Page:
Noor Heim is an assistant professor who currently works for the University Medical Center in Utrecht. In this blog, she discusses her recent Age & Ageing paper on research she has done in the Leiden University Medical Center.
Integration of treatment and care from multiple disciplines is particularly critical in care for older people. Most older people admitted to a hospital suffer from more than just one (chronic) condition. As a consequence, coherent care for older patients involves more than just one discipline. Furthermore, the fact that patients are discharged from hospital quicker and sicker, with higher demands of care, increases the need for integration of (transitional) care between settings. Given the number of older adults who permanently lose the ability to perform one or more activities of daily living during and after a hospital admission, one has to conclude things need to be improved. However, it has proven challenging to accomplish improvements and maybe even harder to study (and to quantify) the benefits of the efforts taken.
Often, improvement strategies are designed within one setting, for example the hospital, then cooperation partners are sought in other settings and the pre-designed improvement programme is proposed. In our recently published manuscript in Age & ageing, we present the strategies we used to try to improve integrated (transitional) care for older patients. We started off by bringing together all stakeholders in care for older people in the region. They were given a strong voice when creating the agenda of action within our regional programme. The agenda provided a framework in which specific improvement goals could be fit. Our strategy was highly adaptive to differences between organisations and settings and to changes over time. In small committees, professionals of organisations who directly cooperate in the care for older patients pinpointed bottlenecks in their quality of care. They were equal partners in proposing innovations in the care they were involved in. The same professionals joined in managing the implementation of the proposed innovations.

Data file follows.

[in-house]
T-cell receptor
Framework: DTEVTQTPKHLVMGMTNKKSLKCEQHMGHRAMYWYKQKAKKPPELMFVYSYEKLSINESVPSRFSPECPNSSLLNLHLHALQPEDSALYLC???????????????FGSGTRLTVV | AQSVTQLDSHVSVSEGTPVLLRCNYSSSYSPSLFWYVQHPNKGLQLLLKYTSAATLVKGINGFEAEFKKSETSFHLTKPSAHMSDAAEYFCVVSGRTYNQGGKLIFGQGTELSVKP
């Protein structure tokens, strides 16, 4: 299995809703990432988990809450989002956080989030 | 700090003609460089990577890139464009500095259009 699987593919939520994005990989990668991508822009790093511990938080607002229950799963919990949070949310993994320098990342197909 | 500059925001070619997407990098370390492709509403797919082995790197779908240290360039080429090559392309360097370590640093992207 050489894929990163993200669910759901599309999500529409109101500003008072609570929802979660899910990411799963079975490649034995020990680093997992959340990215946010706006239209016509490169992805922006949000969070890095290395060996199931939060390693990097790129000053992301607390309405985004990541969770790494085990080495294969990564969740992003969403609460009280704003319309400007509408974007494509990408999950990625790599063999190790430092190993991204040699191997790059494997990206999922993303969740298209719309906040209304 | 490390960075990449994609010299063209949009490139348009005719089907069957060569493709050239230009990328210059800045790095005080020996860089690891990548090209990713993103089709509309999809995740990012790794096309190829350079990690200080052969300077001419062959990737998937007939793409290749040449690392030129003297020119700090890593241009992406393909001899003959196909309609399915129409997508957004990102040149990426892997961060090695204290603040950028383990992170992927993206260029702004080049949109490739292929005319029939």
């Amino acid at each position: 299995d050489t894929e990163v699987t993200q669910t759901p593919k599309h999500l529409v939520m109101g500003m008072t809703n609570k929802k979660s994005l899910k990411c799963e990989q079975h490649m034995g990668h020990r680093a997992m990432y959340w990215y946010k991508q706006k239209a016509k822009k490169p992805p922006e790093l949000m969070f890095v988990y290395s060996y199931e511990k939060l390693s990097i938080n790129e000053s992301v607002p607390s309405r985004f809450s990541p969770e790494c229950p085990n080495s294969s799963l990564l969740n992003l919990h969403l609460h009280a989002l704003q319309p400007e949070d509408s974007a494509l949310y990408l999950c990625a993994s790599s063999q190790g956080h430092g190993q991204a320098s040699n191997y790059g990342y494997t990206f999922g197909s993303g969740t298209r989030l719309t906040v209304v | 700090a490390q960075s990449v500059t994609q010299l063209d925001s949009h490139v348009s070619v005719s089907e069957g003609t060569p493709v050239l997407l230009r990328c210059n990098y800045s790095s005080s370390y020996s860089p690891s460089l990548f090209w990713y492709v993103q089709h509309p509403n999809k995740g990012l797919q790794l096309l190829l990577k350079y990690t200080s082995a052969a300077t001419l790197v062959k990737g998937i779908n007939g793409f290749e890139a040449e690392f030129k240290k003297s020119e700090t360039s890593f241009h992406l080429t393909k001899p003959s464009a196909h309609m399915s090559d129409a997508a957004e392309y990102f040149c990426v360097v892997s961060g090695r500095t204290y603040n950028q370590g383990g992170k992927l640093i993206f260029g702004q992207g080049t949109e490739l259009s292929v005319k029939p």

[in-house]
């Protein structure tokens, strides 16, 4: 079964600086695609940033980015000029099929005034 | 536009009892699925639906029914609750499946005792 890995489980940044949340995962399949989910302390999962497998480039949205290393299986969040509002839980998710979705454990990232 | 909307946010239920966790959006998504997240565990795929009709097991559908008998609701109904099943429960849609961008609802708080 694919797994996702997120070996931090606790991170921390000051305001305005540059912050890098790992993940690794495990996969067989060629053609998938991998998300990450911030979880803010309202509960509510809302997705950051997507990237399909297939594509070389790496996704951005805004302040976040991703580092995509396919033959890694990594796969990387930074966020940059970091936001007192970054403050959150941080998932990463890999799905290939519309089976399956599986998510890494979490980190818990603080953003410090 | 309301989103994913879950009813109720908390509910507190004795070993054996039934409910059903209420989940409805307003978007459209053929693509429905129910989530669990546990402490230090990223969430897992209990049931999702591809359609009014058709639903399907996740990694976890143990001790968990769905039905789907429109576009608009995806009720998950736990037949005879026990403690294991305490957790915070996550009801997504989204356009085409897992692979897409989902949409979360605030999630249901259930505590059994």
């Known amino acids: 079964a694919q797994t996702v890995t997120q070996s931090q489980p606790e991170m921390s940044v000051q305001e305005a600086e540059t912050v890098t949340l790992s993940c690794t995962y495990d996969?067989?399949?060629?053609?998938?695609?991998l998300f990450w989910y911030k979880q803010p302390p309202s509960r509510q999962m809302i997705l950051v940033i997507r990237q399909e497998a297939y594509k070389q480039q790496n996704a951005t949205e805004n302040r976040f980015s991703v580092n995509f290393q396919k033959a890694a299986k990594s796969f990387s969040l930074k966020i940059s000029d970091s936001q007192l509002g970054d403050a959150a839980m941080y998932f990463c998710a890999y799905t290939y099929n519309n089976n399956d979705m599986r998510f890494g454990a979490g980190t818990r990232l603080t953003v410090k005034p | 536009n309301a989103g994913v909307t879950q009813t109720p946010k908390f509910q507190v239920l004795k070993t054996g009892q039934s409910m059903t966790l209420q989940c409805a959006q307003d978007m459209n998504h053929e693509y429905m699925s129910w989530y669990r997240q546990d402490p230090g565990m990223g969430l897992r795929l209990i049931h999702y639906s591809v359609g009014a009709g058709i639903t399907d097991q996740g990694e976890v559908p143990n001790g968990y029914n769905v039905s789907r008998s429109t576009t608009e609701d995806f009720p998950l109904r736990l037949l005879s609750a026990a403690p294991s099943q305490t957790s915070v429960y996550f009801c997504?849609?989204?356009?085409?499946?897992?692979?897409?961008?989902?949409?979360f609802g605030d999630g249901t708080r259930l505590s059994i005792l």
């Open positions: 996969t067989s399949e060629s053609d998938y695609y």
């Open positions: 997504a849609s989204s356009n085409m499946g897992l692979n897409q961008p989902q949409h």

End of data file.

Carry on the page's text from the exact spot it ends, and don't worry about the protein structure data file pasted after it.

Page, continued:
Several advantages of the strategy were experienced throughout the course of the programme. Because the healthcare providers together created the agenda, they were highly motivated to make all necessary efforts to reach the mutual goals of improvement. In the installed committees progress on the agenda was monitored and pace was kept. Making professionals from within the organisations responsible for the implementation of innovations, diminished the risk that innovations were not internalised and therefor stopped when funding and support of the programme ended.
Implementation of predesigned intervention programmes that tell healthcare organisations to improve quality of transitional care according to an uniform protocol might not accomplish its goals. We should bring healthcare providers together to inflame the internal motivation to improve quality of care and supply them with guidance and support. We need to make sure there is a catalyst to start the actions necessary to get it done.
‘We need to make sure there is a catalyst to start the actions necessary to get it done’: just what the doctor ordered!